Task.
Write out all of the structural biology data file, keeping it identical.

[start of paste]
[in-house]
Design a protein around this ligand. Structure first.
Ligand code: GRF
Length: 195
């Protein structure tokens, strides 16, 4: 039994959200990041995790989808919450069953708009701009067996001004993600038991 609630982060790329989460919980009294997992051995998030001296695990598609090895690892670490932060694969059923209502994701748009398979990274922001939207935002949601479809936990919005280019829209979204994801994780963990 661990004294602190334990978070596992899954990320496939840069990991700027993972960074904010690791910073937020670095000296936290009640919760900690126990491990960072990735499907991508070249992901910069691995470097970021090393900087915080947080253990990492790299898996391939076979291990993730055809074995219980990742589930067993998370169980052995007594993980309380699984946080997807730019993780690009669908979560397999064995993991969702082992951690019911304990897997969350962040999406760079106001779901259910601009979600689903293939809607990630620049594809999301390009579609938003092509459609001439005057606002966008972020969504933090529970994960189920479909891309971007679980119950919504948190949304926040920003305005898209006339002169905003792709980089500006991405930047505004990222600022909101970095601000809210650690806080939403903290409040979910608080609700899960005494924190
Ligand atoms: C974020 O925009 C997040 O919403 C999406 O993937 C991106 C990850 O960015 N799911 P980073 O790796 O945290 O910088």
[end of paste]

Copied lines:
[in-house]
Design a protein around this ligand. Structure first.
Ligand code: GRF
Length: 195
């Protein structure tokens, strides 16, 4: 039994959200990041995790989808919450069953708009701009067996001004993600038991 609630982060790329989460919980009294997992051995998030001296695990598609090895690892670490932060694969059923209502994701748009398979990274922001939207935002949601479809936990919005280019829209979204994801994780963990 661990004294602190334990978070596992899954990320496939840069990991700027993972960074904010690791910073937020670095000296936290009640919760900690126990491990960072990735499907991508070249992901910069691995470097970021090393900087915080947080253990990492790299898996391939076979291990993730055809074995219980990742589930067993998370169980052995007594993980309380699984946080997807730019993780690009669908979560397999064995993991969702082992951690019911304990897997969350962040999406760079106001779901259910601009979600689903293939809607990630620049594809999301390009579609938003092509459609001439005057606002966008972020969504933090529970994960189920479909891309971007679980119950919504948190949304926040920003305005898209006339002169905003792709980089500006991405930047505004990222600022909101970095601000809210650690806080939403903290409040979910608080609700899960005494924190
Ligand atoms: C974020 O925009 C997040 O919403 C999406 O993937 C991106 C990850 O960015 N799911 P980073 O790796 O945290 O910088």